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About the Story
"I do not know whether I was then a man dreaming I was a butterfly, or whether I am now a butterfly, dreaming I am a man."
-- Chuang Tzu
Nominee, Best Writing - 2018 XYZZY Awards
23rd Place - 24th Annual Interactive Fiction Competition (2018)
To me, the most compelling works of interactive fiction are ones that take advantage of the unique features of the medium. “Tethered” tells a story that a conventional, noninteractive work of fiction would not be able to accomplish. The story begins with a woman being stranded during a snowstorm, but it quickly turns into something more unsettling.
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Finally, I got around playing Tethered on a real Commodore 64. However, this review isn't really about playing the game on a retro-machine but the fact that I enjoyed playing the game again almost two years later and decided to make a review. I enjoyed the original z-machine version during IFcomp 2018. The only comment I have about the C64 version is that it was fast enough to be just as enjoyable.
I did remember several of the puzzles so it did not take me much time to complete it the second time around. I don't want to give away any details about the game as that would spoil the game. The story is strong and well told and as far as I remember from my first playthrough, all the puzzles are fair. I highly recommend this game.
Tethered starts with an adrenaline-pumping premise: You, Charles, are climbing a snowy mountain. You are roped to your partner Judith, when she slips and falls into a crevasse. What do you do? Well, there's really only one thing you can do. Then the game proper truly starts.
Most of Tethered takes place in a cave on a mountainside. This is a classic IF setting and so can often feel stale, but the premise of Tethered makes it come across as natural and fresh - more of a nod to IF's roots in Colossal Cave than something derivative.
Gameplay-wise, there are a couple of clever puzzles involving a rope that can be stretched between multiple rooms. One of these puzzles has an alternate solution that I found by looking at the walkthrough after I finished the game; this alternate solution may remind some players of a prominent puzzle in a prominent game from last year's IFComp. Also, I love the game's solution to the problem of navigating a cave in the dark: It's completely intuitive yet fairly original from an IF standpoint.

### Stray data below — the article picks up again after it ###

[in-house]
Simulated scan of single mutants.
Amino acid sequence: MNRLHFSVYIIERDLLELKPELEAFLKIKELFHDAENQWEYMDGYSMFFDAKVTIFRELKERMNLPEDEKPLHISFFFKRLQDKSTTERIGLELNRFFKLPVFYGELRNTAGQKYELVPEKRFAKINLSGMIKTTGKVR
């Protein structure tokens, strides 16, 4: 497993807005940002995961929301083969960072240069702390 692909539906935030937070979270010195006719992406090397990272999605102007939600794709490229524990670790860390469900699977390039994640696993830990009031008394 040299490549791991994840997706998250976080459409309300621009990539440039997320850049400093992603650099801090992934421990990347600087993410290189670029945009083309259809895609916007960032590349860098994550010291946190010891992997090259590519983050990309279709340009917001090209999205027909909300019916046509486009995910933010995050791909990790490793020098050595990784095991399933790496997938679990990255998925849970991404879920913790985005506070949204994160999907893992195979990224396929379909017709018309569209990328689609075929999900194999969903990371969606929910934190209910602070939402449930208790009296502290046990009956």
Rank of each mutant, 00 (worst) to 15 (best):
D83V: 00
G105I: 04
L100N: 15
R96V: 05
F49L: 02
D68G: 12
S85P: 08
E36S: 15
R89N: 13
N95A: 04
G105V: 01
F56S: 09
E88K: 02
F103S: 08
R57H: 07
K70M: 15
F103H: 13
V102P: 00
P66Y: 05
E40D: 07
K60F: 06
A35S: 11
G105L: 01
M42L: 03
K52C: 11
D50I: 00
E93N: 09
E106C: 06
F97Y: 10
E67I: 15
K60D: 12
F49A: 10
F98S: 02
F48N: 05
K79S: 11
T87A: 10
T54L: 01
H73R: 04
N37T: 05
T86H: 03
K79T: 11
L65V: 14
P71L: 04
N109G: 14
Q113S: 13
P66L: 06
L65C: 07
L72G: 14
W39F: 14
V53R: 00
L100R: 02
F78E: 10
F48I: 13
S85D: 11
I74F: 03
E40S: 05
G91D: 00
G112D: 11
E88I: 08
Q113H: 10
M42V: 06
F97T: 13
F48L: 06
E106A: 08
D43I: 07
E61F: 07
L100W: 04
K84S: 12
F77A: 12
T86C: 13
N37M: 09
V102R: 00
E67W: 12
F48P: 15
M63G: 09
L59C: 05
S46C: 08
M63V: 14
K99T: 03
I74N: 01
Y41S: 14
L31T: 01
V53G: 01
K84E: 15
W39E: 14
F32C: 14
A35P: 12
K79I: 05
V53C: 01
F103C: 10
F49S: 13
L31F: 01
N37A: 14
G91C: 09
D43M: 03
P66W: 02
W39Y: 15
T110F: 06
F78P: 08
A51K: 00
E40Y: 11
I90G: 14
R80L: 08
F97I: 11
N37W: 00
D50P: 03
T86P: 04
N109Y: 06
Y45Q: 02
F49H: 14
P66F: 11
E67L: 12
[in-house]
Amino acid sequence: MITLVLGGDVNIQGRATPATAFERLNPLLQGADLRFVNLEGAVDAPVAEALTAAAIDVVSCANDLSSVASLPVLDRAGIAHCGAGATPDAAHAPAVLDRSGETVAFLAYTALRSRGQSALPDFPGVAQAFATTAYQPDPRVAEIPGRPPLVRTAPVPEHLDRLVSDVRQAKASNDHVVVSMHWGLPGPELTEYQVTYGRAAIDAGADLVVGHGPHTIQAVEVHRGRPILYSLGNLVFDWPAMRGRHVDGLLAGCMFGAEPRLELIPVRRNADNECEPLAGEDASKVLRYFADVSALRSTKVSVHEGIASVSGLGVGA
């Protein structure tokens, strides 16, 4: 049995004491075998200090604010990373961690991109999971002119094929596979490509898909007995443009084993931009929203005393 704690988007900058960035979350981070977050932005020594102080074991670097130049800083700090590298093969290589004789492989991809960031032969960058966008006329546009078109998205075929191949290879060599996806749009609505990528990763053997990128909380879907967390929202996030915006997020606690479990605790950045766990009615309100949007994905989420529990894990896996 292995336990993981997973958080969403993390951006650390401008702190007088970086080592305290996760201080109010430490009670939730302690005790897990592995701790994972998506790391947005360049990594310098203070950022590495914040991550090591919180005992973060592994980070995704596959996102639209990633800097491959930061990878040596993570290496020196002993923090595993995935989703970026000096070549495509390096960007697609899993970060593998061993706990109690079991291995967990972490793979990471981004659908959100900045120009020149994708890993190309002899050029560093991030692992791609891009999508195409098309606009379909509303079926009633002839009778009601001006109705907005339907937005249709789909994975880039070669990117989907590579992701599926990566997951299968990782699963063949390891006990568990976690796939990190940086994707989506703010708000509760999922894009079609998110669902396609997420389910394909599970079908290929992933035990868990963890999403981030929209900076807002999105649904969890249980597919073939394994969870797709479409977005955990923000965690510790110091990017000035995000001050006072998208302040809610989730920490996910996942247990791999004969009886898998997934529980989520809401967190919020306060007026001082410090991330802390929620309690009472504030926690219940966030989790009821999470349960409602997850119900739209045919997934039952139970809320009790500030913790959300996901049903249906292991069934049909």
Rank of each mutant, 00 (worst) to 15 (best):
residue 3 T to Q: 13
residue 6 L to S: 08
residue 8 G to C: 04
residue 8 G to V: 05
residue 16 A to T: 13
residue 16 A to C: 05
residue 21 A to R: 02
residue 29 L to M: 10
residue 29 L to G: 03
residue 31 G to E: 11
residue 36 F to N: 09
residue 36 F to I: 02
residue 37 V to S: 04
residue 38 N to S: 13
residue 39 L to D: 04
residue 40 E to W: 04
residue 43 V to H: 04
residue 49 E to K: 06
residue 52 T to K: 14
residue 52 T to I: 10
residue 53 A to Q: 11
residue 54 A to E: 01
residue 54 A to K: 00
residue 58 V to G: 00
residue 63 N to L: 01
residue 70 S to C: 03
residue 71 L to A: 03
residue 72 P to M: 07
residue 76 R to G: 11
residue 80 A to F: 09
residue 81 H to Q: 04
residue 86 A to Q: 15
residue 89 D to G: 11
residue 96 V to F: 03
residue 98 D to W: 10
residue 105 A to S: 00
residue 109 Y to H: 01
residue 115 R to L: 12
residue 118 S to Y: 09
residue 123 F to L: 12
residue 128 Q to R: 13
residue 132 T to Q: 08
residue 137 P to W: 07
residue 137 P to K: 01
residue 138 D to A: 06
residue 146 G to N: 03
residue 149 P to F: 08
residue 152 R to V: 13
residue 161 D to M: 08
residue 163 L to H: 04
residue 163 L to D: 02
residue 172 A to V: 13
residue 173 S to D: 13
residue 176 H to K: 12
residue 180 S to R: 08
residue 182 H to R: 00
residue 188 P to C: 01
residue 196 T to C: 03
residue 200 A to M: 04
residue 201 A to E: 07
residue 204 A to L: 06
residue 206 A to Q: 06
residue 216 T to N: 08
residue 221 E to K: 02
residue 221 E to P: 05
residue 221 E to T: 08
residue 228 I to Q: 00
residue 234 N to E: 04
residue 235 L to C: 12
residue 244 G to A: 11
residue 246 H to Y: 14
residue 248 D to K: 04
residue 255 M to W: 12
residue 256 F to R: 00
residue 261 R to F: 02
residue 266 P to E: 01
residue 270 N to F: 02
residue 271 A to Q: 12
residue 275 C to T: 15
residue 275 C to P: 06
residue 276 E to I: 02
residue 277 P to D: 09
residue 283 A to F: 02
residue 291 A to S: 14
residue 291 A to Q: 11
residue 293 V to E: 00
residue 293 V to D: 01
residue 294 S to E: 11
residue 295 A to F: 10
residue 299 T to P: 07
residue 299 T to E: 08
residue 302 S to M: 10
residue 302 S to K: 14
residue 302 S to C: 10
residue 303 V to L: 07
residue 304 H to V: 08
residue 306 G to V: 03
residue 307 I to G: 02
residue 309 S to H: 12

Like several other games from this year's IFComp, as you play Tethered further you realize that there is more going on here than appears at first. The ending is poignant and moving - and it adds a powerful twist on the game's name: "Tethered."
Make sure you check out the game's response to XYZZY.
Finally, a word about the language: Tethered is the first game in the author's new IF-writing language Dialog. It looks impressive to me so far. In particular, the rope-between-multiple-rooms feature is apparently a difficult one to implement in most traditional parser languages. The fact that it works smoothly in Tethered indicates something about the complexity of Dialog.
Overall, I found Tethered to be yet another of the many strong dramas in this year's IFComp.
Wow! Tethered was good on so many levels. It's short, but exactly as long as it needs to be. I spent roughly an hour with it and was left both impressed and emotionally affected. Every obstacle felt like a necessary part of the story, while the player's progression was usually slightly different than expected, resulting in an experience both familiar and unique.
There are several things for the player to figure out. In most cases, I would probably refer to them as puzzles. Here, it felt like the wrong term; they're so intertwined with the story (a story that is deep and serious but never in a way that feels didactic or overly dramatic) that I hardly noticed them. It's not often (with any medium) that my experience is so immersive.
Although I expect that the author could have made a more or less equally good story in any IF language, the several little things that were unique in Tethered made me think of the Sapir-Whorf hypothesis of linguistic relativity. While it in general would be silly to apply such thoughts to most programming languages (their differences being so well-defined), this is obviously not the case for IF authoring languages. Some things are more difficult in Inform 7 and therefore rarely done, something that fundamentally affects the story. A new language, such as the author's Dialog, represents an opportunity to do new things in old ways and old things in new, something Åkesson succeeded with rather perfectly.
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